Two minutes and sixteen seconds. That's all that separates the first image from the second. I'm not holding these pictures up as great art, particularly as they were shot through a dirty office window. I'm just making the point that when great light happens, you'll miss it if you blink. You have to be ready to grab it, and grab it quickly. It's not going to hang around and wait for you to get your camera settings right.
I encountered the most amazing combination of light and sky as I cycled past Brighton Yacht Club just after dawn on a still and frosty winter morning. The clouds had formed intricate and delicate patterns, and even though I was looking west, they caught the dawn light in a spectacular orange display. Coupled with the still water and reflected yachts, the scene was breathtaking. I pulled over and fished out the Olympus C-8080WZ which at the time was my take everywhere camera. An almost pro level camera in its day (2003), it was showing its age by 2011. It had a fine lens and good image quality, but was hampered by its ageing technology. Slow and hesitant autofocus, ISO that needed to be kept to 100 or lower, a tiny LCD, ho-hum viewfinder and insanely slow card write times (14 seconds for one RAW file!!!!). It didn't help that just as I pulled over, my riding companion arrived from the opposite direction, so, rather than take what time the light allowed, I rattled off a series of shots and was on my way.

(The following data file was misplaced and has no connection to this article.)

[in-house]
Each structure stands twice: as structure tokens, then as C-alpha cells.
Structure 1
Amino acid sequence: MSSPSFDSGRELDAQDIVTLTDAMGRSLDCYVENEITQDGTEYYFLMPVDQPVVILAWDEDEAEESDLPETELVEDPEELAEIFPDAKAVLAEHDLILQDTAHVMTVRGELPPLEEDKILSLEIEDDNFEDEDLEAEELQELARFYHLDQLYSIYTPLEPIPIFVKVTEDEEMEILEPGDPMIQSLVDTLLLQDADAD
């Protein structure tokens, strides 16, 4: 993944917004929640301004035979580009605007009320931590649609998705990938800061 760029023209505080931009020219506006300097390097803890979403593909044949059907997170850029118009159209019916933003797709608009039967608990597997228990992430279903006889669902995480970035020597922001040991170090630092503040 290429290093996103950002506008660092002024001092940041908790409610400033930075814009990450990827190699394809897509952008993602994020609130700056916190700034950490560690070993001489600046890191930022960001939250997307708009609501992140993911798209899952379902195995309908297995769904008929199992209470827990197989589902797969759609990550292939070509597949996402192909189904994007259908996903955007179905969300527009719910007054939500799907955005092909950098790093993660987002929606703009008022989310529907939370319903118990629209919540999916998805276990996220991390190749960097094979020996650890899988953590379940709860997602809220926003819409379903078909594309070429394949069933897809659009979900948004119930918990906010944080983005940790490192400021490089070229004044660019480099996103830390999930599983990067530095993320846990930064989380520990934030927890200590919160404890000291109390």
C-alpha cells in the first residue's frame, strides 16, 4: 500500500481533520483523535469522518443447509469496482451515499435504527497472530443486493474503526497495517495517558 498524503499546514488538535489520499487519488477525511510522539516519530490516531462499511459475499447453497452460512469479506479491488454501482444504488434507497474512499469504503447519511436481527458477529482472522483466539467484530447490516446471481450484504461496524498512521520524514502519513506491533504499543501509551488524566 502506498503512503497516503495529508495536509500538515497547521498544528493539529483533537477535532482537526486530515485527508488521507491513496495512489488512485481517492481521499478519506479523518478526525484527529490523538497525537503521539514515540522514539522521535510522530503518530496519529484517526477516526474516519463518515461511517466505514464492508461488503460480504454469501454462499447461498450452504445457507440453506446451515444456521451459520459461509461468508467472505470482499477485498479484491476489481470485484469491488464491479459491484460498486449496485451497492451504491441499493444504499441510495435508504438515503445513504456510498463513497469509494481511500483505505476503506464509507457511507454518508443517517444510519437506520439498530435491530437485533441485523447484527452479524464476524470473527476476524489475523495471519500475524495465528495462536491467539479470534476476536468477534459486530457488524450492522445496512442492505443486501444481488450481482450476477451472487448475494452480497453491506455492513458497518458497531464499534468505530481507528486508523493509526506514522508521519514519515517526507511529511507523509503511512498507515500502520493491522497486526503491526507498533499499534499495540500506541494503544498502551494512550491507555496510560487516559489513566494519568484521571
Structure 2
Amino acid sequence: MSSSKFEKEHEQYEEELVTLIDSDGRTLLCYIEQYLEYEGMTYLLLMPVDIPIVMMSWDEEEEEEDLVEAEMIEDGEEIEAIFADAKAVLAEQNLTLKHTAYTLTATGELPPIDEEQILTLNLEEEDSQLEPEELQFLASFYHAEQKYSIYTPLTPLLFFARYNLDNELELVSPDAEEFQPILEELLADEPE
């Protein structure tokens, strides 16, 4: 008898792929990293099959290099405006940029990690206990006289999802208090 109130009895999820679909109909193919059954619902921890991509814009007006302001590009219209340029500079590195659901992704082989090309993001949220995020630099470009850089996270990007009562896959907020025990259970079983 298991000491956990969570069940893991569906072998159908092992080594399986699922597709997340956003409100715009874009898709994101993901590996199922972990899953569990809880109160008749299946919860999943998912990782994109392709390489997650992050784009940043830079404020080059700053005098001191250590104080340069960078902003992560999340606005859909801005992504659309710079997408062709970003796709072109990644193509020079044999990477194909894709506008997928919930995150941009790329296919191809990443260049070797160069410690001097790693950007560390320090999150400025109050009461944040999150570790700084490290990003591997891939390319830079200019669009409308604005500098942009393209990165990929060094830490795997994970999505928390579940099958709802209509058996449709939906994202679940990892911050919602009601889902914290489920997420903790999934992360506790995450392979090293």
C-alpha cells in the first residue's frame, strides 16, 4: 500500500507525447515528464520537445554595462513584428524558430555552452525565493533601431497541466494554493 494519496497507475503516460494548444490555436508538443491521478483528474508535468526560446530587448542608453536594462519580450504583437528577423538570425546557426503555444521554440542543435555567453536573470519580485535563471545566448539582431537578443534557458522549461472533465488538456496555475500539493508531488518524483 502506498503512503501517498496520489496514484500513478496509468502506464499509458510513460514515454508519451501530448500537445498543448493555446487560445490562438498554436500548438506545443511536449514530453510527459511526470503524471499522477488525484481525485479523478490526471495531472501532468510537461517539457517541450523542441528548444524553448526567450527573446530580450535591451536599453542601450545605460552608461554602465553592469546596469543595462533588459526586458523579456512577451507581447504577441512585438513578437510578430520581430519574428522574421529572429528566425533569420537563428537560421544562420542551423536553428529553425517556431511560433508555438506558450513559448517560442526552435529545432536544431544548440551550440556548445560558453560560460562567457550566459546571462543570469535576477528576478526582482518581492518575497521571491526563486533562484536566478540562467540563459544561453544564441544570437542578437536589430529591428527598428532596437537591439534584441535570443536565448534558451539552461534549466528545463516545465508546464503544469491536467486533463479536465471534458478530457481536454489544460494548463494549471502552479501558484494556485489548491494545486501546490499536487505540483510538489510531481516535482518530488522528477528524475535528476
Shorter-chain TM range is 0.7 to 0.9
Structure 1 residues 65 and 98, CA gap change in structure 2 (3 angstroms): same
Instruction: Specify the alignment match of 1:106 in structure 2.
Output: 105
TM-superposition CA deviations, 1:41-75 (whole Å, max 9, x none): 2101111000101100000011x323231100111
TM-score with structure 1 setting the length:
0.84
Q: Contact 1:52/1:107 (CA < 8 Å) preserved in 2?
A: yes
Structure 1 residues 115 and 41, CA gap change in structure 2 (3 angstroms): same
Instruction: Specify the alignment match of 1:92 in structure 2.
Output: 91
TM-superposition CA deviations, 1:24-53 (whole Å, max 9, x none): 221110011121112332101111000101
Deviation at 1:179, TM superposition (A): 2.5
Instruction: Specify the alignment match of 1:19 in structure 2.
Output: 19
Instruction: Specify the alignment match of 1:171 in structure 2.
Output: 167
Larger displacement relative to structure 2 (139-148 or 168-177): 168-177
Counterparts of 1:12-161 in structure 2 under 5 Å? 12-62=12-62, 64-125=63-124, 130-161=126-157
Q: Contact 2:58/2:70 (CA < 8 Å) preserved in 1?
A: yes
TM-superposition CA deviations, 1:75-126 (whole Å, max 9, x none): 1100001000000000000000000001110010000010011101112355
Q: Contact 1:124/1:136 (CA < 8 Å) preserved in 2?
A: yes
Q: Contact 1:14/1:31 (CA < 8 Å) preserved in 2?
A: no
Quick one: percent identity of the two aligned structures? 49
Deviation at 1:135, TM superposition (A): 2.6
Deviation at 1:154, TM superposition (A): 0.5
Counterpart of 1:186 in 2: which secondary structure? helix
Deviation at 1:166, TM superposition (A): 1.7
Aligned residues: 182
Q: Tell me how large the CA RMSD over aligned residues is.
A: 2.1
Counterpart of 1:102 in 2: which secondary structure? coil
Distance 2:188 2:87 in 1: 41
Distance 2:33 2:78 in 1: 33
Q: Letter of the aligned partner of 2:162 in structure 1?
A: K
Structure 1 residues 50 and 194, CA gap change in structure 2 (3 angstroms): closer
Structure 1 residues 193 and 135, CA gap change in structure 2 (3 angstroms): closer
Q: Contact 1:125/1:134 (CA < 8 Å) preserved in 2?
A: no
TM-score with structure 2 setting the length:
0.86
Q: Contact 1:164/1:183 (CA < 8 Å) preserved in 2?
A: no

When I checked the images, all I found was a mass of blur - I'd been shooting at 1/8 second. I can't remember why the camera was set the way it was, but since then, I've gotten into the habit (most of the time) of resetting my camera to a default state before I turn it off. That way, when I turn it on I know what I'm starting with, so hopefully I won't be caught short next time great light happens.
Both images Olympus E-30, 14-54mm f2.8-3.5 mk1 lens, aperture priority at f4.5, -.3EV,. The extra blue tint probably comes from the (admitedly not too clean) office windows.